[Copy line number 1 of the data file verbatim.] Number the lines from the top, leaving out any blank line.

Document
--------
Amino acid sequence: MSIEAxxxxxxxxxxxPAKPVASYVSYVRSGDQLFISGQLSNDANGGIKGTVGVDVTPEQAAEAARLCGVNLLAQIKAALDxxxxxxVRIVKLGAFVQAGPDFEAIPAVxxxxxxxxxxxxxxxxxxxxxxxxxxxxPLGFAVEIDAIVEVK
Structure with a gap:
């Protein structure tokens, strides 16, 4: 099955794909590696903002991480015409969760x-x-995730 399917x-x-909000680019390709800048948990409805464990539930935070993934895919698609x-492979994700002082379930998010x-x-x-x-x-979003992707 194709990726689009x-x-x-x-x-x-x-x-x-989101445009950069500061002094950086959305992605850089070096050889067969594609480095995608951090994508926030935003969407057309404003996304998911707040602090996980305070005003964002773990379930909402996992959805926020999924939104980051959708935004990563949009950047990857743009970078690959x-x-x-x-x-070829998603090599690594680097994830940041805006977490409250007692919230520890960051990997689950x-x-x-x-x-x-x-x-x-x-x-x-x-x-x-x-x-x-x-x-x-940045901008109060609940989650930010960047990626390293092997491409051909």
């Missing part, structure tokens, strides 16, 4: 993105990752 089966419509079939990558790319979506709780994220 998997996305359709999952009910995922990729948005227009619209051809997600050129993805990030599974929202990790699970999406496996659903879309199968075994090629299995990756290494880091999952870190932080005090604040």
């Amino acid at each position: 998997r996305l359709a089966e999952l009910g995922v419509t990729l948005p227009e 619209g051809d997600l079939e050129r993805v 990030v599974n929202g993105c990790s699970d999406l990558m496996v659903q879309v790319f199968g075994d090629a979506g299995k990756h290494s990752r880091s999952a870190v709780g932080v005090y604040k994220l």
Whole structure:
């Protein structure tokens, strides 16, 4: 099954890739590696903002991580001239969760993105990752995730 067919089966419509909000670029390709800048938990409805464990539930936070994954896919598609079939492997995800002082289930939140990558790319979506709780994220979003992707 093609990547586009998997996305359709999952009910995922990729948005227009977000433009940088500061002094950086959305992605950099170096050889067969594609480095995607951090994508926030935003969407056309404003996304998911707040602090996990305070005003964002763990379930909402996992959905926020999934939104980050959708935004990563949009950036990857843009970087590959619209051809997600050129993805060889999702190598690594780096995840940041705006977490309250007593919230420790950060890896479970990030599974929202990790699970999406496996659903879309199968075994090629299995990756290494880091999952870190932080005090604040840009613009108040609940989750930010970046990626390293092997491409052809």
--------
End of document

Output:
Amino acid sequence: MSIEAxxxxxxxxxxxPAKPVASYVSYVRSGDQLFISGQLSNDANGGIKGTVGVDVTPEQAAEAARLCGVNLLAQIKAALDxxxxxxVRIVKLGAFVQAGPDFEAIPAVxxxxxxxxxxxxxxxxxxxxxxxxxxxxPLGFAVEIDAIVEVK